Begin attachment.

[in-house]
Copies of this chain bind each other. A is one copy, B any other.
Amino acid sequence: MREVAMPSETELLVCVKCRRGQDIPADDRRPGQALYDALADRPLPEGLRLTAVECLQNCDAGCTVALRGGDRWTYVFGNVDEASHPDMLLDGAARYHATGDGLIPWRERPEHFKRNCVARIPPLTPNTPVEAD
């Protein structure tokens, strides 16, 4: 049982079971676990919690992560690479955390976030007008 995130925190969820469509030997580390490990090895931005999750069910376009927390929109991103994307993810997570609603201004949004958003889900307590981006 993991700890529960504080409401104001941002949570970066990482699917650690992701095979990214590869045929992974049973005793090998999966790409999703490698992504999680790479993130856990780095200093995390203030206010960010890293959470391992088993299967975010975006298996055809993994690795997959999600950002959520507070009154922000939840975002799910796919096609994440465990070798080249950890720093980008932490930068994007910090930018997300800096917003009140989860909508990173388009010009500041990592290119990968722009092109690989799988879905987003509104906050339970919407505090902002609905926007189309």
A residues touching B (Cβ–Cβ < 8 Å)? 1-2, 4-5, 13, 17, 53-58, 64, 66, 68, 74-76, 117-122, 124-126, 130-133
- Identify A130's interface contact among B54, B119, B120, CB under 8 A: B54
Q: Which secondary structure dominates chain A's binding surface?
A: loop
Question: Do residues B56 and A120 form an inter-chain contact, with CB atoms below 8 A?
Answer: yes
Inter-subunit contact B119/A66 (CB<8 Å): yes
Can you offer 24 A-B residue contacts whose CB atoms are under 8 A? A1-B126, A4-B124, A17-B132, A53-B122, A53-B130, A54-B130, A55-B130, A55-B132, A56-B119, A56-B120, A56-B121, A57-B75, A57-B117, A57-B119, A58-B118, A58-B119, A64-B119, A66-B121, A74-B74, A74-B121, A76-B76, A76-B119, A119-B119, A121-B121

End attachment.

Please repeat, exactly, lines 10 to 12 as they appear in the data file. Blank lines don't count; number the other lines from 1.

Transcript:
Answer: yes
Inter-subunit contact B119/A66 (CB<8 Å): yes
Can you offer 24 A-B residue contacts whose CB atoms are under 8 A? A1-B126, A4-B124, A17-B132, A53-B122, A53-B130, A54-B130, A55-B130, A55-B132, A56-B119, A56-B120, A56-B121, A57-B75, A57-B117, A57-B119, A58-B118, A58-B119, A64-B119, A66-B121, A74-B74, A74-B121, A76-B76, A76-B119, A119-B119, A121-B121